"With millions unemployed, and health care costs rising through the roof, and the only answer ever given to unemployment is 'go back to school', why are there still so few medical schools that 1/3 of our doctors are imported and Americans who want to be doctors frequently have to resort to joining the military in order to be trained? We should have a doctor on every corner, competing with each other."
The above quotation is an excerpt from an August 15 OpEd News article regarding the economics of health care reform. My aim here is not to dispute those views but to expand upon them. The article cited above makes some key points regarding what economists call "perfect competition", specifically "many buyers and sellers" and "freedom of entry and exit". In addition to all the screaming and yelling about moral and ethical issues, if the American people would approach the health care debate from a truly "free-market" economic perspective, there probably wouldn't be anything left to "debate". According to the Office of Health Economics in London:
"An efficient free market requires producers to be operating under conditions of perfect competition. This requires a stringent set of conditions - perfect information, many buyers and sellers, a uniform product and freedom of entry and exit - which ensure that firms are price takers, producing for the lowest possible cost in the long run and only earning normal profits."In health care, not only is the number of sellers deliberately and artificially restricted (manipulated), but the number of buyers is uncontrolled and virtually infinite. Moreover, the ever-increasing number of buyers have no "freedom of exit" from health care, as everyone is forced to engage at some point in their lives: "You can check out anytime you like, but you can never leave", (Hotel California, The Eagles). These factors along with extreme asymmetry of information, the monopoly power of hospitals, and the inherently non-uniform (customized, personalized) nature of health care are clear violations of the "perfect competition" requirements of any "free market".
In a free market economy, price is supposedly established through daily interactions between buyers and sellers. That is, neither buyers nor sellers have absolute control of price. But the market forces of supply and demand fail to establish either price or quantity for health care because demand is price-inelastic. In other words, sellers control the price absolutely and buyers have little or no choice but to engage.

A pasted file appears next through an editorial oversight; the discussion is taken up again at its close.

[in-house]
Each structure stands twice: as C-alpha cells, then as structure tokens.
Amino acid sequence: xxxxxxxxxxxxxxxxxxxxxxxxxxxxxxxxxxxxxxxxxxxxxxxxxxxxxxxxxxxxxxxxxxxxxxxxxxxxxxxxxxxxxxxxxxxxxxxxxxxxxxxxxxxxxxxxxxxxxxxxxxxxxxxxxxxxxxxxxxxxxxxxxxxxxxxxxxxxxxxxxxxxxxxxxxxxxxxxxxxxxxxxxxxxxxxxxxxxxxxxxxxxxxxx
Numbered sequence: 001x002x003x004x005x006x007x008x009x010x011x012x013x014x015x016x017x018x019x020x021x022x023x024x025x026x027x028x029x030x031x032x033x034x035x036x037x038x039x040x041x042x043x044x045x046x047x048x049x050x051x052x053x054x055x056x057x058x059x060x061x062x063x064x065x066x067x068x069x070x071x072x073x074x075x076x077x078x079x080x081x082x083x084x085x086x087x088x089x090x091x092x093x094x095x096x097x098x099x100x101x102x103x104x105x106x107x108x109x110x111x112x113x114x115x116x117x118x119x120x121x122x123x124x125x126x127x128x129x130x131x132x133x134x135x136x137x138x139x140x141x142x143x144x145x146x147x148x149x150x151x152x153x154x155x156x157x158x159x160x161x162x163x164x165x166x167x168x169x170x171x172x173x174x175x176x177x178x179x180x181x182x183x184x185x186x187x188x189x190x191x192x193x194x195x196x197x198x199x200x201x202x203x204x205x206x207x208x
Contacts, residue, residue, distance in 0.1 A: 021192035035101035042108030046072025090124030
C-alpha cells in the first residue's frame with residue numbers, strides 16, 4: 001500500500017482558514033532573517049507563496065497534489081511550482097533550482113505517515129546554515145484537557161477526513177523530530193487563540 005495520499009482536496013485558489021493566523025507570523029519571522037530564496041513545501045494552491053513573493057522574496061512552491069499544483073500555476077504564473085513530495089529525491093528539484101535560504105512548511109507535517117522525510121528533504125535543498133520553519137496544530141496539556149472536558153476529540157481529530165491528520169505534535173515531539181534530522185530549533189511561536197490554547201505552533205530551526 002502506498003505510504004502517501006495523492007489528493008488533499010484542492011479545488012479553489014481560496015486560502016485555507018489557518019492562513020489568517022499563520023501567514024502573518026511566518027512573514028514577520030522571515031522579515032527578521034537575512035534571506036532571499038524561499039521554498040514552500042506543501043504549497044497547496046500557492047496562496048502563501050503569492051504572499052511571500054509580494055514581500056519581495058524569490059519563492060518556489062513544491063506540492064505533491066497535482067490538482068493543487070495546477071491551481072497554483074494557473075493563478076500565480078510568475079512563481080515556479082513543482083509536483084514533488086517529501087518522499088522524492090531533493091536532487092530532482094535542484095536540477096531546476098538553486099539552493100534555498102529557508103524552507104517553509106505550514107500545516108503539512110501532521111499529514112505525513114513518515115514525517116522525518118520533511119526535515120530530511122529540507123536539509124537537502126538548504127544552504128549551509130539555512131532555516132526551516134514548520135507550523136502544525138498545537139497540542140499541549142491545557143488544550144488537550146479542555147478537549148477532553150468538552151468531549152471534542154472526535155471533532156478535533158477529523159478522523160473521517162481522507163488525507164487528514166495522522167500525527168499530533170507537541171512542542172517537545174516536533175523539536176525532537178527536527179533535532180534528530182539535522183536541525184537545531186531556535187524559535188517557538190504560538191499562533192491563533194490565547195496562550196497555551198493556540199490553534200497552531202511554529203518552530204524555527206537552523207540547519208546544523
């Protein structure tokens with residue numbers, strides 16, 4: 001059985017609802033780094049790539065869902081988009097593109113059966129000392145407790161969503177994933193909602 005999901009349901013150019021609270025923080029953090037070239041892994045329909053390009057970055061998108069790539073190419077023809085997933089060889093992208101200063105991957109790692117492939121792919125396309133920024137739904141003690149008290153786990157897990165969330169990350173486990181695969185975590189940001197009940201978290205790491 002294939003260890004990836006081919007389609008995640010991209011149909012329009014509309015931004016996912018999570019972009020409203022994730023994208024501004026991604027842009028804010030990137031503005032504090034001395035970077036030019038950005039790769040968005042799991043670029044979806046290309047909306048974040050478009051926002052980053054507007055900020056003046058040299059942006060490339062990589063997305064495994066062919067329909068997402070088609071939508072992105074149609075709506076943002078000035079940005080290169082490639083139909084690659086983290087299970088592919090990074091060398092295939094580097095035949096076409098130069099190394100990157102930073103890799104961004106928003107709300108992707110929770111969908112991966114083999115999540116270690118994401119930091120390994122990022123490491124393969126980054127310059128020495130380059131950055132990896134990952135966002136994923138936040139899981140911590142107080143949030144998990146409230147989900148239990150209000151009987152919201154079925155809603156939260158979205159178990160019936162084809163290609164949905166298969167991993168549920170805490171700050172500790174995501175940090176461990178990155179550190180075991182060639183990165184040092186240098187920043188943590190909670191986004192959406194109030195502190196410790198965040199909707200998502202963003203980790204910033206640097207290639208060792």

Thus, health care professionals draw greater incomes by forcing more and more consumers out of the market while charging higher prices to those who are able and willing to pay. This is what economists refer to as "market failure", because the market itself fails to establish price and quantity. Health care providers become price-makers, not price-takers, and health care consumers have little or no choice or voice in the matter.
These conditions characterize the inherently non-market nature of health care, and cannot be corrected through any sort of "market" reform. In fact, 'market failure' is the 'pre-existing condition' of the health care industry before insurance companies ever get involved. The inherent function of insurance corporations is merely to exploit the market failure of health care and to exacerbate it as much as possible in order to maximize shareholder value. By direct contrast, the function of government intervention could (and should) be to regulate price and to provide a guaranteed quantity of supply -- primarily by flooding the health care industry with increased competition, i.e. a continuous supply of new doctors and other health care professionals.
However, since the Demand curve for health care is essentially vertical, it can never intersect with the Price axis at Quantity demanded = zero. Therefore, I think it's a serious mistake to assume the measures outlined above could ever possibly convert health care to a free market commodity. Rather than implementing a mere "reform" agenda, it seems government intervention must eventually "replace" the existing dysfunction by 1) regulating the price of US health care 2) providing the greatest possible access to US health care education, and 3) providing guaranteed health care services to every US citizen. While single-payer doesn't address all of these issues, it would certainly be the most genuine start in the right direction, especially in terms of removing the corruptive influence of insurance corporations.
In the meantime, the current health care reform debate doesn't address any of these issues -- and as usual, most of the American people are passive spectators, not active participants, in their own democratic system. More and more viable solutions keep getting swept "off the table" of discussion, as general interests and "special interests" are directly opposed. The American geniuses who understand this general principle find themselves at odds with the American boneheads who don't. So instead of engaging in adult-level discussions about health care, we, the people, find ourselves standing in the streets with picket signs and automatic weapons, shouting obscenities at each other, like a bunch of developmentally disabled social rejects, trying to drown out any possibility of reason.
I certainly feel your pain, "America". Thanks for calling. I do apologize for the inconvenience. May I place you on hold for a couple of centuries while I review your file?